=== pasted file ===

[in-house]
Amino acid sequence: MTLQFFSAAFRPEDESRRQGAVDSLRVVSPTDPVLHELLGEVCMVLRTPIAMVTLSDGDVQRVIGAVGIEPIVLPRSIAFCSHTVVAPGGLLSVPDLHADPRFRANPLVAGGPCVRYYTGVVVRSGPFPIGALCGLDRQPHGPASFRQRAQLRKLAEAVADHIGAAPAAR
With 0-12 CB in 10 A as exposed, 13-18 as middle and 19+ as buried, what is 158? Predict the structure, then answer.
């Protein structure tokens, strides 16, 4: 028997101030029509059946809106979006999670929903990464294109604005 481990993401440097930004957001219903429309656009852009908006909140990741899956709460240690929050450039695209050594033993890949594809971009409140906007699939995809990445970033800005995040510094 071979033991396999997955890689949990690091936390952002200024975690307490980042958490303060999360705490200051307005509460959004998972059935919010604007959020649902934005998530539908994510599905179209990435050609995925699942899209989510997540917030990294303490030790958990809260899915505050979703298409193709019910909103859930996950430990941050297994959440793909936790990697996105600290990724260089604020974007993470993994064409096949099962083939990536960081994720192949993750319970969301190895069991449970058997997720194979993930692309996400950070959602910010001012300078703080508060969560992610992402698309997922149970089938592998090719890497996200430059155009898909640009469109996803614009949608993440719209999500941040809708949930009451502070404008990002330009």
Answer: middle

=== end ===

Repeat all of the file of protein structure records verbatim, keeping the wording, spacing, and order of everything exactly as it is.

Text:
[in-house]
Amino acid sequence: MTLQFFSAAFRPEDESRRQGAVDSLRVVSPTDPVLHELLGEVCMVLRTPIAMVTLSDGDVQRVIGAVGIEPIVLPRSIAFCSHTVVAPGGLLSVPDLHADPRFRANPLVAGGPCVRYYTGVVVRSGPFPIGALCGLDRQPHGPASFRQRAQLRKLAEAVADHIGAAPAAR
With 0-12 CB in 10 A as exposed, 13-18 as middle and 19+ as buried, what is 158? Predict the structure, then answer.
């Protein structure tokens, strides 16, 4: 028997101030029509059946809106979006999670929903990464294109604005 481990993401440097930004957001219903429309656009852009908006909140990741899956709460240690929050450039695209050594033993890949594809971009409140906007699939995809990445970033800005995040510094 071979033991396999997955890689949990690091936390952002200024975690307490980042958490303060999360705490200051307005509460959004998972059935919010604007959020649902934005998530539908994510599905179209990435050609995925699942899209989510997540917030990294303490030790958990809260899915505050979703298409193709019910909103859930996950430990941050297994959440793909936790990697996105600290990724260089604020974007993470993994064409096949099962083939990536960081994720192949993750319970969301190895069991449970058997997720194979993930692309996400950070959602910010001012300078703080508060969560992610992402698309997922149970089938592998090719890497996200430059155009898909640009469109996803614009949608993440719209999500941040809708949930009451502070404008990002330009």
Answer: middle